Between Scylla and Charybdis: Identifying and Managing Secondary Sanctions Risks Arising from Commercial Relationships with Iran

By Krauland, Edward J.; Rapa, Anthony | Business Law International, January 2014 | Go to article overview

Between Scylla and Charybdis: Identifying and Managing Secondary Sanctions Risks Arising from Commercial Relationships with Iran


Krauland, Edward J., Rapa, Anthony, Business Law International


Introduction

In recent years, the United States has significantly expanded economic sanctions against Iran in an effort to persuade non-US persons to curtail a range of business activities with Iran. The imposition of such measures, which this article refers to as 'secondary' sanctions, has emerged as a preferred tool for the US Government in exerting economic pressure on Iran with respect to its nuclear programme.

For companies and individuals ('persons') not familiar with the details of US economic sanctions and the underlying US Government enforcement processes, navigating these secondary sanctions can be challenging. In the face of potential risks arising from these sanctions, a non-US company's initial inclination may be to withdraw from all Iran-related business out of an abundance of caution. While this could be the appropriate decision under certain circumstances, there are a host of potential consequences to consider, including breach of contract claims, litigation in Iranian courts and elsewhere, impact on employment and productive assets outside Iran, risks to personnel and assets in Iran and steps to eliminate such risks, damage to commercial reputation, impact on relations with a company's own host government and even consistency with US 'smart sanctions' policy objectives vis-à-vis the Iranian population.

This article provides a brief overview of the US sanctions against Iran as they have evolved to the present time, with a focus on how these sanctions can affect non-US persons and entities given their increasingly extraterritorial reach and complexity. The article also identifies other examples of jurisdictions applying sanctions against Iran, but by comparison those sanctions tend to be more 'national' or 'territorial' in scope. The discussion concludes by noting some of the adverse consequences arising from 'conservative compliance', and suggests steps to be considered to achieve compliance without taking on undue commercial or other regulatory risks.

Overview of US secondary sanctions against Iran

Until 2010, US sanctions on Iran mostly focused on US persons, as well as foreign persons that supplied US-origin items to Iran. The one narrow exception to this was the Iran and Libya Sanctions Act of 1996, retitled the Iran Sanctions Act (ISA) in 2004, which authorised the President to impose secondary sanctions on non-US persons investing in the Iranian hydrocarbon industry. No such sanctions were imposed under the ISA prior to its amendment in 2010.

Since 2010, Congress and the Obama administration have aggressively expanded secondary sanctions against Iran. Congress has expanded the scope and severity of the ISA twice, through enactment of the Comprehensive Iran Sanctions, Accountability, and Divestment Act of 2010 (CISADA) and the Iran Threat Reduction and Syria Human Rights Act of 2011 (ITRA). Congress provided for further secondary sanctions through section 1245 of the National Defense Authorization Act for Fiscal Year 2012 (NDAA 2012) and the Iran Freedom and Counter-Proliferation Act of 2013 (IFCA). Finally, President Obama has issued several executive orders clarifying or expanding secondary sanctions, including Executive Orders 13606, 13608, 13622 and 13645.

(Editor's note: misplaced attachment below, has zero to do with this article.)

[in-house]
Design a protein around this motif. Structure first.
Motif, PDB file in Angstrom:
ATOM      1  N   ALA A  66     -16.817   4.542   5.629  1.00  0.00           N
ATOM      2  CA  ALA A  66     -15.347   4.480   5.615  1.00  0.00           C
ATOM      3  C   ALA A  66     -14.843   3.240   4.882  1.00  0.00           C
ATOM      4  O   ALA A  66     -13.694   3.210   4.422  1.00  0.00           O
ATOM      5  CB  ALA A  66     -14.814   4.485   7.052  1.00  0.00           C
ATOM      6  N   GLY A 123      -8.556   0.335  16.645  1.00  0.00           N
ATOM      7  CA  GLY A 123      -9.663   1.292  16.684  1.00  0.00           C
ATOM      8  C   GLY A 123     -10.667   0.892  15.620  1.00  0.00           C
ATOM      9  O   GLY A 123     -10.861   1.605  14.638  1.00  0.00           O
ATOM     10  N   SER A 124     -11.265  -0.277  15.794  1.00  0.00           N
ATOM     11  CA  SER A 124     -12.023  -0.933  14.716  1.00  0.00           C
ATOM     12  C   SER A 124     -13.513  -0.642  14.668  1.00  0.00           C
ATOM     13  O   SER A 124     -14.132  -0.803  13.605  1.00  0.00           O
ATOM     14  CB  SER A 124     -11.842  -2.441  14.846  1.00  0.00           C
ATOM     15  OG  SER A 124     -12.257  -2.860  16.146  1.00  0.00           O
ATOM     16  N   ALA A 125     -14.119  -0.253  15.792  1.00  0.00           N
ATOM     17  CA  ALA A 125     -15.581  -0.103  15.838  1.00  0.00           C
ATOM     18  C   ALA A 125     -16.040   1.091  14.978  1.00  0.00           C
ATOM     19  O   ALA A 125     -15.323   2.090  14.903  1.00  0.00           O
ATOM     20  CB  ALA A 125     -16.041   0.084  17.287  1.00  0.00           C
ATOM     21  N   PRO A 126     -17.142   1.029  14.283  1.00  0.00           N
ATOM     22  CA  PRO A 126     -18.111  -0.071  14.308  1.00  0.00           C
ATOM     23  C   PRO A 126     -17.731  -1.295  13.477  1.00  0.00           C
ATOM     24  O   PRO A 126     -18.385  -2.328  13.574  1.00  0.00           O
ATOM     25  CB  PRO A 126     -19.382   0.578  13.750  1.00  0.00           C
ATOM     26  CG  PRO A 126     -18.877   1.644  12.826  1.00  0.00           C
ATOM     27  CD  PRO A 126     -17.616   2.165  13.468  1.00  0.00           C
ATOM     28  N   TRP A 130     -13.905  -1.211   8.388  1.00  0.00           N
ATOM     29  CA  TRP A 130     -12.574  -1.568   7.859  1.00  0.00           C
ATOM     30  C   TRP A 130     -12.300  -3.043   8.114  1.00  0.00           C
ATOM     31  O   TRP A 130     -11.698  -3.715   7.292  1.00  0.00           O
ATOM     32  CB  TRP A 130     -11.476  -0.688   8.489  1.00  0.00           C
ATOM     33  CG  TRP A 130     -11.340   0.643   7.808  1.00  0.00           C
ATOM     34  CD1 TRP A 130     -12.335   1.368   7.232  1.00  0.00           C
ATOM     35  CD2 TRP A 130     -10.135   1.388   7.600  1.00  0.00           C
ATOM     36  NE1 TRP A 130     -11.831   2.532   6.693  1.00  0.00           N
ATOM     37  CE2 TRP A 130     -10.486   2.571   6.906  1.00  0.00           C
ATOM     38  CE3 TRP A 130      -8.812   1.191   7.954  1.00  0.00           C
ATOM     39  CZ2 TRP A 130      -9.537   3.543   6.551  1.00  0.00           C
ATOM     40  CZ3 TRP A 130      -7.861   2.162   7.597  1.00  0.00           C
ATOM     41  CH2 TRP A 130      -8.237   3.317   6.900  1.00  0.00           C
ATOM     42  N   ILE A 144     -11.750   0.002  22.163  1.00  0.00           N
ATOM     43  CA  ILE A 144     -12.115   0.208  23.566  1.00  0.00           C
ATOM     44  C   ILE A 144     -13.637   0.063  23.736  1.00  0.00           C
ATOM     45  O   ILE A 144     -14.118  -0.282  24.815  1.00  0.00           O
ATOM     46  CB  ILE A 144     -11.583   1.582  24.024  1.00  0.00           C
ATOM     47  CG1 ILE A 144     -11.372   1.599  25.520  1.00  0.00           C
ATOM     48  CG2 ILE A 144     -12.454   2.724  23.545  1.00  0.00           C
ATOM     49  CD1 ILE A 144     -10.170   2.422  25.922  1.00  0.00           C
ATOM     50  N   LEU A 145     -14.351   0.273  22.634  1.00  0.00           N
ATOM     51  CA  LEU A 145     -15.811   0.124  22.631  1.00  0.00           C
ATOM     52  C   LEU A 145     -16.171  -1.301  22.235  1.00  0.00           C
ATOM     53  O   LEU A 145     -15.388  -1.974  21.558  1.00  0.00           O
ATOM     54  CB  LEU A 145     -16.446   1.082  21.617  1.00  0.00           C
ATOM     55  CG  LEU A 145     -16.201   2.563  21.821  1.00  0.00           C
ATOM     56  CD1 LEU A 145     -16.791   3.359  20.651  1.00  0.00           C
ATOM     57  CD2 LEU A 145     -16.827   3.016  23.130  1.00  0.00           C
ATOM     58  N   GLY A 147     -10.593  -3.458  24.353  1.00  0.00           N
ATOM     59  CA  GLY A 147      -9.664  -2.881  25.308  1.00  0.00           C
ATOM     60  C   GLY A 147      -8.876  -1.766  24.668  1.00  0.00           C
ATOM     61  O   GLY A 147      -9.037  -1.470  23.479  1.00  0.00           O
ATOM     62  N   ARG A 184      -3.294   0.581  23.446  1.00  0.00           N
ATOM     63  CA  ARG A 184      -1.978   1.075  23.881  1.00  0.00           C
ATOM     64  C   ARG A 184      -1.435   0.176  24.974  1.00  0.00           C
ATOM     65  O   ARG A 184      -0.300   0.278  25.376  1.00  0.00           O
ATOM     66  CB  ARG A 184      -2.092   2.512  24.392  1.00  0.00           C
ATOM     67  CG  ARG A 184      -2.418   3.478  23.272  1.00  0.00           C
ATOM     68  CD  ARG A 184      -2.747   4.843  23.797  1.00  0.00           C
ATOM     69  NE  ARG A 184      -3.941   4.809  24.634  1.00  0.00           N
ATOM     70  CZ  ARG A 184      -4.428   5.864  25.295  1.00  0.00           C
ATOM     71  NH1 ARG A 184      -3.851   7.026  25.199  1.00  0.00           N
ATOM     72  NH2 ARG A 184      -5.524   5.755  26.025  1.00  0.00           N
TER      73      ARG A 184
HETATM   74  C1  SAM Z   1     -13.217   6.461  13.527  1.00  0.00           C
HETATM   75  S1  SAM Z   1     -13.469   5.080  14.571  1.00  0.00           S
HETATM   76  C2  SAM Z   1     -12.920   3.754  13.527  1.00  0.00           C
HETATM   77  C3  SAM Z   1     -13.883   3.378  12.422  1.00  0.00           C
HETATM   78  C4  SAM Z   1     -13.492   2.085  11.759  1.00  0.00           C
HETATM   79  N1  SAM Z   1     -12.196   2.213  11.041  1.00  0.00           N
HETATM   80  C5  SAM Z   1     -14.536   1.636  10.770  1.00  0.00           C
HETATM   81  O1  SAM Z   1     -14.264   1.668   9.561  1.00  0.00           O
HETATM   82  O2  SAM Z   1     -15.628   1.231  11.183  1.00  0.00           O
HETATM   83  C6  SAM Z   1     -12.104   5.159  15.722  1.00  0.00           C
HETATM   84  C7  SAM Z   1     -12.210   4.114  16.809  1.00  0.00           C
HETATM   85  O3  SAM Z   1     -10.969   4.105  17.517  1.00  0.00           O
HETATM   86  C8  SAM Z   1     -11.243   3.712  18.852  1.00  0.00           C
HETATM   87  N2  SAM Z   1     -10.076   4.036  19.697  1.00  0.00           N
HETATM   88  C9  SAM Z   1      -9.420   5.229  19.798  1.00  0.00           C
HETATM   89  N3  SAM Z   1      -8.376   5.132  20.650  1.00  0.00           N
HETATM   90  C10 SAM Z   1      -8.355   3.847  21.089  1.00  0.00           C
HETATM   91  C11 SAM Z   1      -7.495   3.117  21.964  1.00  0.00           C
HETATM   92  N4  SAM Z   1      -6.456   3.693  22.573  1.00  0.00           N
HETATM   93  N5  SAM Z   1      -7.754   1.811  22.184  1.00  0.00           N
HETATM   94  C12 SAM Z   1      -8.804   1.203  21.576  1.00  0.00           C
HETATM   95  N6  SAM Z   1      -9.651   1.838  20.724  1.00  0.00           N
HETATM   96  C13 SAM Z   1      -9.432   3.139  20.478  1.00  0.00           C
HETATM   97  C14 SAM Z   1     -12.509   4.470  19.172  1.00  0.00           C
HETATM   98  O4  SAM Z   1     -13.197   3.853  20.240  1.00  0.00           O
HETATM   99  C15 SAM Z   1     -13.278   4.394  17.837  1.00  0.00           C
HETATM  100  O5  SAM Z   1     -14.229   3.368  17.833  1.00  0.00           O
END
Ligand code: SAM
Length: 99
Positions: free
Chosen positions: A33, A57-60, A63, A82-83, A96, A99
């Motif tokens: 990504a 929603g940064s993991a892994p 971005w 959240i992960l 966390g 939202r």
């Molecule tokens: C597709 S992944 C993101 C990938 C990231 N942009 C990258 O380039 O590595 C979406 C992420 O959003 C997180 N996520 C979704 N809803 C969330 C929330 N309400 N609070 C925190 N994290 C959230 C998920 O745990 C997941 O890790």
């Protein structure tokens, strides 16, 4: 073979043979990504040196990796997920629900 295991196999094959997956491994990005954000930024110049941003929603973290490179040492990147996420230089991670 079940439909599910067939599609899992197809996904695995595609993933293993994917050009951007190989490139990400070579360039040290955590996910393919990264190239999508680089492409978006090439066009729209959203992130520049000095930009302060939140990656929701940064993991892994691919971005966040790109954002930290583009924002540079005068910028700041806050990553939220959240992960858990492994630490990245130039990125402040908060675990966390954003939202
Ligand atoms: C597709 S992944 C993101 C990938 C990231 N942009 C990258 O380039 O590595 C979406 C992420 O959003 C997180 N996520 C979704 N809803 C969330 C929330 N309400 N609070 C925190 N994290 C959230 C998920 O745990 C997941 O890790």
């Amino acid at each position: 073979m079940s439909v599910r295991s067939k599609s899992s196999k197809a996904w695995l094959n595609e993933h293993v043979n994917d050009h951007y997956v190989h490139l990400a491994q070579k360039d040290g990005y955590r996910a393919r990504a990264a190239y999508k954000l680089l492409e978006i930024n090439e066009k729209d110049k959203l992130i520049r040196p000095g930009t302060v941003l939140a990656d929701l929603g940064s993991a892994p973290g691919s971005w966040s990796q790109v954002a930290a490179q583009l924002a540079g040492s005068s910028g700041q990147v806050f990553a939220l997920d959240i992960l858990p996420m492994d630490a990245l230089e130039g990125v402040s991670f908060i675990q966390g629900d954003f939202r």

US secondary sanctions against Iran now target a wide range of activities by non-US persons, including, but not limited to:

* making certain investments relating to Iran's development of its petroleum resources;

* providing refined petroleum products to Iran;

* providing goods, services or support to Iran relating to Iran's domestic petroleum-refining capabilities and associated infrastructure, including port facilities, railways and roads;

* providing goods, services or support to Iran relating to Iran's ability to develop domestic petroleum resources;

* providing goods, services or support to Iran relating to Iran's domestic production of petrochemical products;

* purchasing, subscribing to or facilitating the issue of Iranian sovereign debt or the debt of any entity owned or controlled by the Government of Iran (GOI);

* engaging in a significant transaction for the purchase, acquisition, sale, marketing or transport of petroleum, petroleum products or petrochemical products from Iran;

* providing significant support to:

- Iranian persons listed as Specially Designated Nationals (SDNs);

- members of the Iranian energy, shipping and shipbuilding sectors; and

- Iranian port operators;

* providing significant goods or services used in connection with the Iranian energy, shipping, shipbuilding or automotive sectors;

* providing certain metals to Iran;

* providing insurance, reinsurance and underwriting services for any activity for which sanctions have been imposed under US law;

* conducting or facilitating significant financial transactions with the Central Bank of Iran; Iranian banks that have been designated as SDNs; the National Iranian Oil Company; and Naftiran Intertrade Company;

* facilitating deceptive transactions on behalf of persons subject to Iran sanctions; and

* providing goods, services or technology likely to assist the GOI in committing serious human rights abuses through the use of computer or network monitoring or disruption.

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